Kiefer-Stewart Co. v. Seagram & Sons, Inc.
|Kiefer-Stewart Co. v. Seagram & Sons, Inc.|
|Argued December 8, 1950
Decided January 2, 1951
|Full case name||Kiefer-Stewart Company v. Joseph E. Seagram & Sons, Inc., et al.|
|Citations||340 U.S. 211 (more)
71 S.Ct. 259; 95 L.Ed. 219
|Prior history||Certiorari to the United States Court of Appeals for the Seventh Circuit|
|An agreement among competitors in interstate commerce to fix maximum resale prices of their products violates the Sherman Act.|
|Majority||Black, joined by unanimous court|
|Sherman Antitrust Act, 15 U.S.C. § 1|
|Wikisource has original text related to this article:|
Kiefer-Stewart Co. v. Seagram & Sons, Inc., 340 U.S. 211 (1951), was a decision by the United States Supreme Court, which held that an agreement among competitors in interstate commerce to fix maximum resale prices of their products violates the Sherman Antitrust Act.
The petitioner, Kiefer-Stewart Company, was an Indiana drug concern which does a wholesale liquor business. Respondents, Seagram and Calvert corporations, are affiliated companies that sell liquor in interstate commerce to Indiana wholesalers. Kiefer-Stewart brought this action in a federal district court for treble damages under the Sherman Act, 15 U.S.C. § 1 and § 15. The complaint charged that respondents had agreed or conspired to sell liquor only to those Indiana wholesalers who would resell at prices fixed by Seagram and Calvert, and that this agreement deprived Kiefer-Stewart of a continuing supply of liquor, to its great damage.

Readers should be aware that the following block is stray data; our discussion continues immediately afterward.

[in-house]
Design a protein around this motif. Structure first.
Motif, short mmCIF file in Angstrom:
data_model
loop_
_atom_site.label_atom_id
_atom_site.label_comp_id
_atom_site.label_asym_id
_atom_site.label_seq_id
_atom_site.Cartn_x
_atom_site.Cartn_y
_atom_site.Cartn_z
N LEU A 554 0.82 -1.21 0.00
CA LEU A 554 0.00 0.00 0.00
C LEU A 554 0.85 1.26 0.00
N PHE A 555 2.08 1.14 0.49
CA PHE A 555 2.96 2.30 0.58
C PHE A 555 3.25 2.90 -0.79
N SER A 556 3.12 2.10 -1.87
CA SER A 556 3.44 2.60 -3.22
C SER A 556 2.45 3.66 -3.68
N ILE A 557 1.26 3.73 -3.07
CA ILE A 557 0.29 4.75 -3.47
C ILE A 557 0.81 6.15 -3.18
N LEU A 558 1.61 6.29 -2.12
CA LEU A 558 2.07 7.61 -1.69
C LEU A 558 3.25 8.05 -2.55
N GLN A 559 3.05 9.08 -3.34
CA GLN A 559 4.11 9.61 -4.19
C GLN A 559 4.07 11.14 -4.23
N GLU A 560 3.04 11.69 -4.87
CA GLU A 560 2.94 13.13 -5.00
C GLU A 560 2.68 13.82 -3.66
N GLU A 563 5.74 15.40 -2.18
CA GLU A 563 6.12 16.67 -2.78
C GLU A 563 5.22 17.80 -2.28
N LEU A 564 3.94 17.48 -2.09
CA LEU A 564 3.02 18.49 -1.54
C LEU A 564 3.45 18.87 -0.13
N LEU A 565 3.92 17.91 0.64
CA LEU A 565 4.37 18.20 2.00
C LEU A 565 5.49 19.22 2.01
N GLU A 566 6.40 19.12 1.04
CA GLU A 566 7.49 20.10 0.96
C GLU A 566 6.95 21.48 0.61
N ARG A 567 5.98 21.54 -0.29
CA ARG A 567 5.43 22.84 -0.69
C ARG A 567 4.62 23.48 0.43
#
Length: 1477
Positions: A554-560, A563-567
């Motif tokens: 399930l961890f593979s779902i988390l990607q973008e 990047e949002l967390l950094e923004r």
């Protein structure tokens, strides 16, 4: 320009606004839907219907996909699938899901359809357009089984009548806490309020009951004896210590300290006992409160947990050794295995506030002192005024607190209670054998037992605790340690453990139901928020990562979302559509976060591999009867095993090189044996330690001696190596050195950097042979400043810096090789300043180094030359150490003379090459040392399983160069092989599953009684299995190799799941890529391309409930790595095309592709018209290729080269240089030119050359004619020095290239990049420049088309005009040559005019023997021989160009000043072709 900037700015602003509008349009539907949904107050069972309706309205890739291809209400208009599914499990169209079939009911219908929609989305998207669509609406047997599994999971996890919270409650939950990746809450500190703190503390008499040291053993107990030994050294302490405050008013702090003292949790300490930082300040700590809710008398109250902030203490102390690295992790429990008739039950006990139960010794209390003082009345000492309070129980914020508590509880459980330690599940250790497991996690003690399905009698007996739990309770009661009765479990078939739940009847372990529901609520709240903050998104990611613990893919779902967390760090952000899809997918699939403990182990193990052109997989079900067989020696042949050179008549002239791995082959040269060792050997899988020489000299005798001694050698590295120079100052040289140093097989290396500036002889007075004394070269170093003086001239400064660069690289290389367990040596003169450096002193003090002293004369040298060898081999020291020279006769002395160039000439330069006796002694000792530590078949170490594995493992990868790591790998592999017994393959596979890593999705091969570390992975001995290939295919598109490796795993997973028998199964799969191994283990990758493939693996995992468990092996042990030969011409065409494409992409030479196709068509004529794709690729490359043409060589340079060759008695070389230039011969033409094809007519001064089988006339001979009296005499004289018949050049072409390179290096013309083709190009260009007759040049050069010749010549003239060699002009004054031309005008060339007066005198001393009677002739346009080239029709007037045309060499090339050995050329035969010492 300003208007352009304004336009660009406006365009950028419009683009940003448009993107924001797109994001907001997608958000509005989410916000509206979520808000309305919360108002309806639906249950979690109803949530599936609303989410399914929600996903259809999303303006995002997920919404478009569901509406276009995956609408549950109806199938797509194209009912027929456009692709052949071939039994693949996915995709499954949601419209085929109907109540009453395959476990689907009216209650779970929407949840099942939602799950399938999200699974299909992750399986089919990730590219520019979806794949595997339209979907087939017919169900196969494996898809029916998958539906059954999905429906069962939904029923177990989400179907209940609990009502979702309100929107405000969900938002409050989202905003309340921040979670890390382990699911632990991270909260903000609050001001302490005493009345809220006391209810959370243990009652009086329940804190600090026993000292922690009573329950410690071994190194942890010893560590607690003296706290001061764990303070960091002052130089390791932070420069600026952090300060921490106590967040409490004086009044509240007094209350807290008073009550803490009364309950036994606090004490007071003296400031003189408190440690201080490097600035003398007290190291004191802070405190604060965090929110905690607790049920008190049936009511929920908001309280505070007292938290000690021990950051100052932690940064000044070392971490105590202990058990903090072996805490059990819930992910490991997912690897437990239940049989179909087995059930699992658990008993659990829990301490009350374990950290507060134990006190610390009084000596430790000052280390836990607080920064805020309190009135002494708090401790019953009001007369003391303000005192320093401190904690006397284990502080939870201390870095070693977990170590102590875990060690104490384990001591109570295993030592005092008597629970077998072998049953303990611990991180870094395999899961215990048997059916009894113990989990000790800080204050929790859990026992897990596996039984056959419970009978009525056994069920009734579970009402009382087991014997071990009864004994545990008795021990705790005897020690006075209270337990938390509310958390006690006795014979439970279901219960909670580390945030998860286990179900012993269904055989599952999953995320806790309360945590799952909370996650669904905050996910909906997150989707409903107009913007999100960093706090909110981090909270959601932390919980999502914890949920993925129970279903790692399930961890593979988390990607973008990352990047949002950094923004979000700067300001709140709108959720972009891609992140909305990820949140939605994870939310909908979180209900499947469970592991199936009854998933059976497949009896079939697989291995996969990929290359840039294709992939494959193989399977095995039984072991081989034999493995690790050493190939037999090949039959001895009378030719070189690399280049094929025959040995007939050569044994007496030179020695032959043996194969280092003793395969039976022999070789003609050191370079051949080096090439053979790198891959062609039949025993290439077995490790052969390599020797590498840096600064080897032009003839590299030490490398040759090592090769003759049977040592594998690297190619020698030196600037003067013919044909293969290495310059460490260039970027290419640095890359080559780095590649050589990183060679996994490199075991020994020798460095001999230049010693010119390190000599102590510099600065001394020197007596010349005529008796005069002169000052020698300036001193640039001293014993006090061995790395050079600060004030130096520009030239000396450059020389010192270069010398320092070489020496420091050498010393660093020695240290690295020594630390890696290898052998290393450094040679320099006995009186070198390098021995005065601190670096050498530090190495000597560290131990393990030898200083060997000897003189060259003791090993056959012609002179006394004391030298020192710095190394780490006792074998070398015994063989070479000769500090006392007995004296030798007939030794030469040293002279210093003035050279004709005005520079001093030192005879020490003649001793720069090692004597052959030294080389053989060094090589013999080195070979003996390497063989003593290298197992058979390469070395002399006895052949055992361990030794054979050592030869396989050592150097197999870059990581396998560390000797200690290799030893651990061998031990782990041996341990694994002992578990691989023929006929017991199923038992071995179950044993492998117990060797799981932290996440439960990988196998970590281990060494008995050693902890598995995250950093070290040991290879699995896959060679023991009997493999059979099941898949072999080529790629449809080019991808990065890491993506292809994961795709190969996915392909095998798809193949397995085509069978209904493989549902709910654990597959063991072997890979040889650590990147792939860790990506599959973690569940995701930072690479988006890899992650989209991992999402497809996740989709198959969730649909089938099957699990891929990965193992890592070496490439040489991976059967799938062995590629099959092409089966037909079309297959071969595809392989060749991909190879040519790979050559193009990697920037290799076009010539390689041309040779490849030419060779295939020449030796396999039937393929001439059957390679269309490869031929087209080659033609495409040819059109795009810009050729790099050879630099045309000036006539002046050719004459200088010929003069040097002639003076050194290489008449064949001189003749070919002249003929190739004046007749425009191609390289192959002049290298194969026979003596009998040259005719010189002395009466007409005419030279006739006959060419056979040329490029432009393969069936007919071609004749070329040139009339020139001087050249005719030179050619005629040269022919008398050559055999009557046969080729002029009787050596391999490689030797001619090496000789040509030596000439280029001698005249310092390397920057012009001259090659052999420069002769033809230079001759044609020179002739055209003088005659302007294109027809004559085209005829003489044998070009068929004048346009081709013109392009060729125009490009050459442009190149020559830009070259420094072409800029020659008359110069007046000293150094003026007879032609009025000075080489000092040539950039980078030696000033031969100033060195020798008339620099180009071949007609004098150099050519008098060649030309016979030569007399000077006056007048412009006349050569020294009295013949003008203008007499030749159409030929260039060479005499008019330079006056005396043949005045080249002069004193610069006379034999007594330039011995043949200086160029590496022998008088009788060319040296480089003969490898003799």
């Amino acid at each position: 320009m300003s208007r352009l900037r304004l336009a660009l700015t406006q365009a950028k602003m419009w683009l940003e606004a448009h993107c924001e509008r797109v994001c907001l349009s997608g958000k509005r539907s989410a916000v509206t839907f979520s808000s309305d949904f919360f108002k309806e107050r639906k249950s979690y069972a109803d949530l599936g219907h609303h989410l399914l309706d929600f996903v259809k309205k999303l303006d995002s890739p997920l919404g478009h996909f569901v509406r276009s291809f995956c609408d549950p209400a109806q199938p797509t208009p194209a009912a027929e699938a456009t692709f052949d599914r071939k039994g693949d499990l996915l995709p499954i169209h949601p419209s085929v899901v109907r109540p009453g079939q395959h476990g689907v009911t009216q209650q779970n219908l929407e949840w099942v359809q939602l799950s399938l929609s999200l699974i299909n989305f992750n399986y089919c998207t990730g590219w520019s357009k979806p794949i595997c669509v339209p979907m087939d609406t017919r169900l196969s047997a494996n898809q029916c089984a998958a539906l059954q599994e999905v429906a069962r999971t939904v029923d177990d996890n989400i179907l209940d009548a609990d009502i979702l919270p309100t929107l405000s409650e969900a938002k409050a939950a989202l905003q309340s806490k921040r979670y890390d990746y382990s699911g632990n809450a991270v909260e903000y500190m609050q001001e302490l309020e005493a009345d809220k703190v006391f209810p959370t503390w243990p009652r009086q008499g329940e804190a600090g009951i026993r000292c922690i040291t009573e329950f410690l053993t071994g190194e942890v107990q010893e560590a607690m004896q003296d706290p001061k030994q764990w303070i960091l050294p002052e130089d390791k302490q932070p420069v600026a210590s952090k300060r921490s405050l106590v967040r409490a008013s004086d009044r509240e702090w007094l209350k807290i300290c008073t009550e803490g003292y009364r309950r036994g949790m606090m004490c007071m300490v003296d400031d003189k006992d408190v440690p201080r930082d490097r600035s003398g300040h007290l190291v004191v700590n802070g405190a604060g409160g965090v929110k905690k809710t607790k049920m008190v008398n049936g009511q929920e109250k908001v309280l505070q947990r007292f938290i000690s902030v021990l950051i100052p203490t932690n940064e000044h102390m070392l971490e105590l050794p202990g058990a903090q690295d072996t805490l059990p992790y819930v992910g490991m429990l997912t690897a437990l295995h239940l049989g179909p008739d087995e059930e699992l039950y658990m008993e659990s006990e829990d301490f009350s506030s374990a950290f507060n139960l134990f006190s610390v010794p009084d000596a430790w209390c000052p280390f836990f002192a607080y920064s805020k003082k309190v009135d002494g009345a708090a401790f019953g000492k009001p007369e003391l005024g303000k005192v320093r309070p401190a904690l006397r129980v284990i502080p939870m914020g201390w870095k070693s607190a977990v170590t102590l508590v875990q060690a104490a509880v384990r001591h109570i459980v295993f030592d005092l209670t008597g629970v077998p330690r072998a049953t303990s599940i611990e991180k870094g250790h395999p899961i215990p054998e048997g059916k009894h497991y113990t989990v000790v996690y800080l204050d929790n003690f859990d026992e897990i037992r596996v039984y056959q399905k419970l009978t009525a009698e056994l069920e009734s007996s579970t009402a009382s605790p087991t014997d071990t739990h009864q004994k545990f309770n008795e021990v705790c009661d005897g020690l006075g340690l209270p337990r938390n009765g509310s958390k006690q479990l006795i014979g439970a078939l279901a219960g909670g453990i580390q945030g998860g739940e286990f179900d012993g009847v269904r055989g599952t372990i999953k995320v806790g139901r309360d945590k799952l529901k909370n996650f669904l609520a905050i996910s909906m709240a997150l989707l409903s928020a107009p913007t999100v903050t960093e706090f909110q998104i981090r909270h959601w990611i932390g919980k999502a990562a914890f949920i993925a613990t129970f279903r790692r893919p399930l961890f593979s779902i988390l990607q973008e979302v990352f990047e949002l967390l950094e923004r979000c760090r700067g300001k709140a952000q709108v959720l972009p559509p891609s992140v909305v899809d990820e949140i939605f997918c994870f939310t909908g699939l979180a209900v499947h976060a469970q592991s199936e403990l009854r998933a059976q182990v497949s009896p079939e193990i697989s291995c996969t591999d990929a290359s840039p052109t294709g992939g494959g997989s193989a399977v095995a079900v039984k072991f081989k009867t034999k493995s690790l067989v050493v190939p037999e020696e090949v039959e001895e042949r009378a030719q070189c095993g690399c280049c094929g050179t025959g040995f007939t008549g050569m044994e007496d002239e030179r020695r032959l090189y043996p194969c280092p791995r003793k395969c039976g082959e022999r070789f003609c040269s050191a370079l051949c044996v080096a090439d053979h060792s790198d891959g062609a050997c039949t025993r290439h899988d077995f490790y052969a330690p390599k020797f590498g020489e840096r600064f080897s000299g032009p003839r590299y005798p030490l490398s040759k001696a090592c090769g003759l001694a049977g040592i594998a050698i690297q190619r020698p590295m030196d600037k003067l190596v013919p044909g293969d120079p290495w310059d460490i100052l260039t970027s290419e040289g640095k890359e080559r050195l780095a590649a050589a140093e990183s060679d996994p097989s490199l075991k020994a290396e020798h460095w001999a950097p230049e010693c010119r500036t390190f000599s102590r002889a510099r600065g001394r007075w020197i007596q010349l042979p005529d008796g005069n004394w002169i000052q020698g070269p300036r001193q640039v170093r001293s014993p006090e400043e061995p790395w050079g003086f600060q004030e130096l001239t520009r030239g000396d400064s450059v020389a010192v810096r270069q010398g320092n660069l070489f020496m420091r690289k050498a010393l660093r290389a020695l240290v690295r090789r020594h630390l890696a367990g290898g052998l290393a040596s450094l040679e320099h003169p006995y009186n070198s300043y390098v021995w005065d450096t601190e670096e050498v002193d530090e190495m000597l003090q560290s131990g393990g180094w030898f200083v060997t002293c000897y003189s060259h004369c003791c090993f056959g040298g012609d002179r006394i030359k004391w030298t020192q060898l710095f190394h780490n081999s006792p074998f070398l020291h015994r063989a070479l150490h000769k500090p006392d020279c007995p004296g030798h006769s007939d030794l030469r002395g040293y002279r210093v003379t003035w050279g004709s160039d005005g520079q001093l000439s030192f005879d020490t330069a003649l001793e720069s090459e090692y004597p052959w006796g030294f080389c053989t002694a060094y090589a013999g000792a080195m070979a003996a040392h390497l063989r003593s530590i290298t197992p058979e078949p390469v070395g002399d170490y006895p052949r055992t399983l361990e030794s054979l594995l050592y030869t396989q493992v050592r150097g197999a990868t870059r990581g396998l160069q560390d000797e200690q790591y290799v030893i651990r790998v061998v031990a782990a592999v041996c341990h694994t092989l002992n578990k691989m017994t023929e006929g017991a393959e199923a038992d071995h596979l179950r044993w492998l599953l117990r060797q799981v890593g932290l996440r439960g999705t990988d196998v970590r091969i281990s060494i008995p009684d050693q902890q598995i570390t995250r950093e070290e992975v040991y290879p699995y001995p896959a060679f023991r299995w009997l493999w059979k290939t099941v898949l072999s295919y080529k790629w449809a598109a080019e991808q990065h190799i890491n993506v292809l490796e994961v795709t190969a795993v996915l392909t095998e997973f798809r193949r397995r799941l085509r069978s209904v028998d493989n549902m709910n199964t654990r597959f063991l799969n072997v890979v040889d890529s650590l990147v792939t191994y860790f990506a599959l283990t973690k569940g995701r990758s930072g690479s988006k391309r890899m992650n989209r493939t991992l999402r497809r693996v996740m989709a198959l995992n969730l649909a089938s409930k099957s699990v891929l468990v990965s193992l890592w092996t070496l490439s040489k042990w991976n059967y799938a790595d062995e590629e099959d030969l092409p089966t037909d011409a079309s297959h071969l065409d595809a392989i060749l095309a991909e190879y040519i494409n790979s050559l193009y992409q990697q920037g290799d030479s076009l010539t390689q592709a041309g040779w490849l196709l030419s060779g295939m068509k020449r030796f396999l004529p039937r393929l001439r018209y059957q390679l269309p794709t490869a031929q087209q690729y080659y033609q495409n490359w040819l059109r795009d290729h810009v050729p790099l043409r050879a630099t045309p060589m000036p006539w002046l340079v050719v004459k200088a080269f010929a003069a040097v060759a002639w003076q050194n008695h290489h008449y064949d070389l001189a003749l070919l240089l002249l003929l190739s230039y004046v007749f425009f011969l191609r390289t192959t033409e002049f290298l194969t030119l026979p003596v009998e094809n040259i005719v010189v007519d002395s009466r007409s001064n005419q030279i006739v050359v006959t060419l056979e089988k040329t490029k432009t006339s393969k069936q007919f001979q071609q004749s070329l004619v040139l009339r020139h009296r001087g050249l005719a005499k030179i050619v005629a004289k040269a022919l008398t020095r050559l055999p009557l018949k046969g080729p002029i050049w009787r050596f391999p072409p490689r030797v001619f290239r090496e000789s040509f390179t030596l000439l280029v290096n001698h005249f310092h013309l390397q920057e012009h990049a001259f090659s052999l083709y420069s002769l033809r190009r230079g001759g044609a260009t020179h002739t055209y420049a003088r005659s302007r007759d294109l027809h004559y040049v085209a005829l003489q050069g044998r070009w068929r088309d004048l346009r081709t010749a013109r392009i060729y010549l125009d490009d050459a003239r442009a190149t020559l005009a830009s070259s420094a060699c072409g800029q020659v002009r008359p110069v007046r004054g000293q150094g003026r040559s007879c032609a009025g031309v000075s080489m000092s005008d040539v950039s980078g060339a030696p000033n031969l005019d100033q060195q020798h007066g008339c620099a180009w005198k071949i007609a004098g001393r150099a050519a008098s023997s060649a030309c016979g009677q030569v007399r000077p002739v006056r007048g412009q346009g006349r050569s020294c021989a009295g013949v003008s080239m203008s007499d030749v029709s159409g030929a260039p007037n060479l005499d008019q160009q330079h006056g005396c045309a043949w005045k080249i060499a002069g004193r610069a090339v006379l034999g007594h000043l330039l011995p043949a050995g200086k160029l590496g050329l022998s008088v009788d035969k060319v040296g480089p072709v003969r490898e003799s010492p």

On the trial, evidence was introduced tending to show that Seagram had fixed maximum prices above which the wholesalers could not resell. The jury returned a verdict for petitioner, and damages were awarded. The United States Court of Appeals for the Seventh Circuit reversed (182 F.2d 228). It held that an agreement among respondents to fix maximum resale prices did not violate the Sherman Act, because such prices promoted, rather than restrained, competition. It also held the evidence insufficient to show that respondents had acted in concert. Doubt as to the correctness of the decision on questions important in antitrust litigation prompted the Supreme Court to grant certiorari.
The Supreme Court ruled that the Court of Appeals erred in holding that an agreement among competitors to fix maximum resale prices of their products does not violate the Sherman Act. For such agreements, no less than those to fix minimum prices, cripple the freedom of traders, and thereby restrain their ability to sell in accordance with their own judgment. The Supreme Court reaffirmed United States v. Socony-Vacuum Oil Co. (1940):
|“||Under the Sherman Act, a combination formed for the purpose and with the effect of raising, depressing, fixing, pegging, or stabilizing the price of a commodity in interstate or foreign commerce is illegal per se.||”|
- Peppin, John C. (1940). "Price-Fixing Agreements under the Sherman Anti-Trust Law". California Law Review 28 (3): 297–351. doi:10.2307/3476180.